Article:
***For Immediate Release***
April 12, 2018
Contact, Jeff Sheldon
Communications Director, Nebraska Appleseed
Cell: (402) 840-7289
SNAP cuts proposed in draft Farm Bill would hurt thousands of Nebraska families
New restrictions on food assistance will take meals off the table, plunge more Nebraskans into poverty
LINCOLN — The 2018 Farm Bill introduced today by the House Agriculture Committee proposes new punitive barriers to the nation’s most-essential food assistance initiative, the Supplemental Nutrition Assistance Program (SNAP), which helps 1 in 11 Nebraskans afford the meals they need.
Today, Nebraska advocates who support opportunity for low-income families and children’s health decried the Farm Bill proposal as a dangerous threat to Nebraska families who already struggle to afford basic meals.
“Nebraska’s values demand that we make sure our children and our neighbors are not going hungry,” Nebraska Appleseed Economic Justice Director James Goddard said. “This Farm Bill would result in drastic cuts to SNAP and contains other dangerous provisions that will take food off the table for thousands of hard-working Nebraska families who struggle to afford basic meals.”
“Many people believe that food banks and pantries should and can provide sufficient food for hungry families, said Susan Ogborn, President and CEO of Food Bank for the Heartland. “That is, unfortunately, not true. Every food bank and every pantry combined across the United States only provide 8.3 percent of the food that SNAP provides each year.”
“Hunger in childhood is harmful to proper development and a threat to our collective future as a state,” said Julia Tse, Voices for Children in Nebraska’s Policy Coordinator for Economic Stability and Health. “These proposed changes to SNAP would have a disastrous impact for the 88,500 children currently receiving SNAP in Nebraska.”
SNAP has been a proven success in Nebraska, helping struggling families – most of whom have children – afford a basic diet. Thousands of Nebraskans turn to SNAP when they hit tough times or are struggling to get by on low wages. Last November, a group of 12 Nebraska organizations urged Congress to strengthen, not weaken food assistance programs in federal budget discussions.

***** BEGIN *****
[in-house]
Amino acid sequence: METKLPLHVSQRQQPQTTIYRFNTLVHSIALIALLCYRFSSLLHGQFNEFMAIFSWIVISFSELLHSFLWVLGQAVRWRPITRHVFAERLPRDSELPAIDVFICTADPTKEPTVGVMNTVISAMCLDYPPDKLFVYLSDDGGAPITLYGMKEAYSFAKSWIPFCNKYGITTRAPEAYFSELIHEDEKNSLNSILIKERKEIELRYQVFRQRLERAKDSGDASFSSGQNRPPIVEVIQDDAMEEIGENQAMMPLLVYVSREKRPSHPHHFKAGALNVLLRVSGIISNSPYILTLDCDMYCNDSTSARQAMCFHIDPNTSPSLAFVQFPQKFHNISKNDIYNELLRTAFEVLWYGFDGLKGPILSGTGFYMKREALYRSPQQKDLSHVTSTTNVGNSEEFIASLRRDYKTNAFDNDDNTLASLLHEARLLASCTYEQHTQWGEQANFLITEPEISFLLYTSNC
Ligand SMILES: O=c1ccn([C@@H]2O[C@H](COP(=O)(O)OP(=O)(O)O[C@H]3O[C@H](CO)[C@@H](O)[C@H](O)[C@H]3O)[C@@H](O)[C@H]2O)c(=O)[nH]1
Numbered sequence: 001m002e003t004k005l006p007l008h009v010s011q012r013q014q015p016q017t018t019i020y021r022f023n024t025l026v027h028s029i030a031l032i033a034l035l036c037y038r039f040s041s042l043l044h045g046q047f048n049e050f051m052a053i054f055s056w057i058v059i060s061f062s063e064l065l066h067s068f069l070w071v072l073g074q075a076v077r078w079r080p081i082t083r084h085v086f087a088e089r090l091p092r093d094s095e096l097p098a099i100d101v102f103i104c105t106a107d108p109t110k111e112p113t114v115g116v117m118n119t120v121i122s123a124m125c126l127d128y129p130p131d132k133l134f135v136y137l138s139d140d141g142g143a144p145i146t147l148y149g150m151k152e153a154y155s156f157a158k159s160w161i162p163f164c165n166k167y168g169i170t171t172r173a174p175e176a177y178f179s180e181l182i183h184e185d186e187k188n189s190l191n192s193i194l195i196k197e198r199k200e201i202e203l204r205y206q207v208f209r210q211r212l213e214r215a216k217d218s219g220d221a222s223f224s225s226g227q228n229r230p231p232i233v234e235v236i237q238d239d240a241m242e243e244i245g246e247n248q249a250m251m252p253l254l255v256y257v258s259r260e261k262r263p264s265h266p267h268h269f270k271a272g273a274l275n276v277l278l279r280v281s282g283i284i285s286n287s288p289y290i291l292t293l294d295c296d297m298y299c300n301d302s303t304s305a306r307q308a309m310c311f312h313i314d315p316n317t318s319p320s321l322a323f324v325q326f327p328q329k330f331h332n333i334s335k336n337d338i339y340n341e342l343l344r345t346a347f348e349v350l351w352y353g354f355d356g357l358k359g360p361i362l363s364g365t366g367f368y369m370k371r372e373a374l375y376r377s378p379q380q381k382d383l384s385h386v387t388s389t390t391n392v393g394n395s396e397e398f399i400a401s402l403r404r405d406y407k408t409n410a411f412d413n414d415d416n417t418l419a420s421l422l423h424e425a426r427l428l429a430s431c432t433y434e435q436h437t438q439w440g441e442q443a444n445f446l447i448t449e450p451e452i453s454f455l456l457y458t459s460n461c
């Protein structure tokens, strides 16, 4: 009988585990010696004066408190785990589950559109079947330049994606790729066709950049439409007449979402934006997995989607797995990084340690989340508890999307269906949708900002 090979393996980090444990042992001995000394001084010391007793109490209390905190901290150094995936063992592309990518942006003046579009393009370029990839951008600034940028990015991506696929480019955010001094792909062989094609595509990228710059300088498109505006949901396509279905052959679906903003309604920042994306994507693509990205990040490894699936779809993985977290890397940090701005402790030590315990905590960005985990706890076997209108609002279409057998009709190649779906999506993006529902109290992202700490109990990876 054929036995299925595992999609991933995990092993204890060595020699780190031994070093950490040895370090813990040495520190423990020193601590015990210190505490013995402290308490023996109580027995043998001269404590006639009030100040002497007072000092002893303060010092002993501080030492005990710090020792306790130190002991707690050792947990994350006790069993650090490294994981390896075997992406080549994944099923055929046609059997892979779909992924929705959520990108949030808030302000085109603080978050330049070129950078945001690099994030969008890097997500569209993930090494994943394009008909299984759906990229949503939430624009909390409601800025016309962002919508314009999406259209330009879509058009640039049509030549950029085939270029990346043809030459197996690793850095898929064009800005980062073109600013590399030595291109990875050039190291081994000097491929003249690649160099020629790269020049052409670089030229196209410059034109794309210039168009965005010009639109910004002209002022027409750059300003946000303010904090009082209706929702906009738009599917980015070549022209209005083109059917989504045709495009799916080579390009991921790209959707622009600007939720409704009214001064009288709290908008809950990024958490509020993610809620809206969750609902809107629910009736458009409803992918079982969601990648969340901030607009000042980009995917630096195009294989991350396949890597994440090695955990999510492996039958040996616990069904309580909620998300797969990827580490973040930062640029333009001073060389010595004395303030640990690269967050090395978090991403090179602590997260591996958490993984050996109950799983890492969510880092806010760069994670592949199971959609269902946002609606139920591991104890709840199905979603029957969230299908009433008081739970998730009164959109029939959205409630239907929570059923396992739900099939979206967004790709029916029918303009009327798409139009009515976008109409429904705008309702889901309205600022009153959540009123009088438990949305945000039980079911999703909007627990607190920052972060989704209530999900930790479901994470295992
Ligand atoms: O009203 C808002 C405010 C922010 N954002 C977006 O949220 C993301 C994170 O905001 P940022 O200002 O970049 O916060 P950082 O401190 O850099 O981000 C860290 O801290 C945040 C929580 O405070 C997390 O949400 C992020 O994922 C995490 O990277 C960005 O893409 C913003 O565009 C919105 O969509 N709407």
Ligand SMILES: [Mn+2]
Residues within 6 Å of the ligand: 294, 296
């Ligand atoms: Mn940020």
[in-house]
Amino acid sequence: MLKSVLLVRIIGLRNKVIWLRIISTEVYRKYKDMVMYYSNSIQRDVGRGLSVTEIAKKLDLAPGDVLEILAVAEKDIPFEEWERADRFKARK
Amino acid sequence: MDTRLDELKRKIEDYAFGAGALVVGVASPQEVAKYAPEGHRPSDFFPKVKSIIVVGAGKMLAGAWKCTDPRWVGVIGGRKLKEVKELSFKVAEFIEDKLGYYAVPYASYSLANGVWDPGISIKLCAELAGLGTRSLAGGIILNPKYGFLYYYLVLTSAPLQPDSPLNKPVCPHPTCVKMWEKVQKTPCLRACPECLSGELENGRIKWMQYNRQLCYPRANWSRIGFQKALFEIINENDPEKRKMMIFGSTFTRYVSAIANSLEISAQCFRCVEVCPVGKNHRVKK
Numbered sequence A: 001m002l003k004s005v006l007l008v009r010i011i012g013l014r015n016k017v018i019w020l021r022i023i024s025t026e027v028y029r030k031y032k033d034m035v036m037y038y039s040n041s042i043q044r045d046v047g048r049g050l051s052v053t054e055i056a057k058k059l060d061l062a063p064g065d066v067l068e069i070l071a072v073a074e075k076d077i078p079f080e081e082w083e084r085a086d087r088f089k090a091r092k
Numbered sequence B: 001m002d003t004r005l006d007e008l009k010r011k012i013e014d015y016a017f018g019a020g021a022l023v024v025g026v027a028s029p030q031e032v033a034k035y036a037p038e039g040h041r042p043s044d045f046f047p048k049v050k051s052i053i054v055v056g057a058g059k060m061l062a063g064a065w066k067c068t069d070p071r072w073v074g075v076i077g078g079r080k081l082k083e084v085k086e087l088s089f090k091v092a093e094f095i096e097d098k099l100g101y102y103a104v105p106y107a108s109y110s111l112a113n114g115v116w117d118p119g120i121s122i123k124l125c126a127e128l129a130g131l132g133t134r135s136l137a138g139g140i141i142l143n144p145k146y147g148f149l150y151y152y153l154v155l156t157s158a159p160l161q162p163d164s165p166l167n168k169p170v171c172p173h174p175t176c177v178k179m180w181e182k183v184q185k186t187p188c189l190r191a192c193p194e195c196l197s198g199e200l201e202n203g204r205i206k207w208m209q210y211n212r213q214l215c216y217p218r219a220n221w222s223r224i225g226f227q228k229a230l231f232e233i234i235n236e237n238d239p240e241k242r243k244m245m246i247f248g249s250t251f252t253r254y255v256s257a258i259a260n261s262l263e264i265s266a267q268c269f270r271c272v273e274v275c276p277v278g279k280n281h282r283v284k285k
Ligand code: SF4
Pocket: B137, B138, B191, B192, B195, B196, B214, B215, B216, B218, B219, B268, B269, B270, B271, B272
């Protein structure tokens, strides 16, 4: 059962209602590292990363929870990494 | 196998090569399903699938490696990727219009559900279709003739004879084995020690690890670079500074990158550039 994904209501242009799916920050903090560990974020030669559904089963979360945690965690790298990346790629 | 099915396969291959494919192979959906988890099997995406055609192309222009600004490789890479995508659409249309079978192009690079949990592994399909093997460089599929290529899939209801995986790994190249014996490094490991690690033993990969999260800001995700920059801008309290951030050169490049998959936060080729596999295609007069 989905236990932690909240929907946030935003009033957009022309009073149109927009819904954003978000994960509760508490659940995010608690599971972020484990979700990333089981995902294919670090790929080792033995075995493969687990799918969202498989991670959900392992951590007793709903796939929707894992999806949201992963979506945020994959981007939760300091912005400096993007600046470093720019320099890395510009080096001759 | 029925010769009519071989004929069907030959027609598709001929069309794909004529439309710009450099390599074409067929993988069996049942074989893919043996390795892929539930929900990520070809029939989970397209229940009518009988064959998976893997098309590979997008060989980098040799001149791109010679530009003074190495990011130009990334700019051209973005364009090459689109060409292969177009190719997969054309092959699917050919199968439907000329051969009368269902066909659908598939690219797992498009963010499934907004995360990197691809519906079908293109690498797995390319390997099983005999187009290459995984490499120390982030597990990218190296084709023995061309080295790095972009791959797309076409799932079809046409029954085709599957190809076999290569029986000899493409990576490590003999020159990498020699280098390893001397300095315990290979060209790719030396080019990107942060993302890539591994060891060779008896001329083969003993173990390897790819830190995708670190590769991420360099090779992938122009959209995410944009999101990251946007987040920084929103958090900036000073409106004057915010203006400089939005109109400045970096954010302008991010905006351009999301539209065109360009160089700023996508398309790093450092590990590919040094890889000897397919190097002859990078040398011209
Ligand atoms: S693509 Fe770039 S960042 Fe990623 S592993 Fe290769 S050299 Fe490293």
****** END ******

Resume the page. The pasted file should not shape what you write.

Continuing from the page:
Facts about SNAP in Nebraska:
- 176,000 Nebraskans receive essential food assistance from SNAP.
- 82 percent of Nebraskans who receive SNAP are at or below the Federal Poverty Level (about $20,780 per year for a family of three)
- More than 75 percent of Nebraska’s SNAP recipients are children, 27 percent are in families which have people with disabilities, and more than 53 percent are in families with one employed member.
- Nebraskans participating in SNAP are most commonly in service, office or production jobs. Most are paid hourly wages far below the state average.
- SNAP helps families in every part of Nebraska. 9.2 percent of Nebraskans who live in small towns receive SNAP, as well as 7.3 percent of people who live in rural areas, and 9.4 percent of people who live in one of Nebraska’s metro areas.
“These proposed cuts and new barriers to SNAP will take away people’s food and should not be part of the Farm Bill,” Goddard said. “Congress should be focusing on job creation and boosting wages for hard-working Nebraskans rather than doing real damage to people who are already facing tough times.”
Research by the Center on Budget and Policy Priorities shows SNAP has lifted 34,000 Nebraskans out of poverty each year, making it one of our country’s most-effective poverty-fighting tools.
SNAP also is an important economic boost to Nebraska’s local economies. Every increase of $1.00 in SNAP spending increases real GDP by $1.73. SNAP dollars go directly to Nebraska’s local grocery stores and markets, and the current structure of SNAP makes it flexible to allow states to respond to unpredictable obstacles like natural disasters or a recession.
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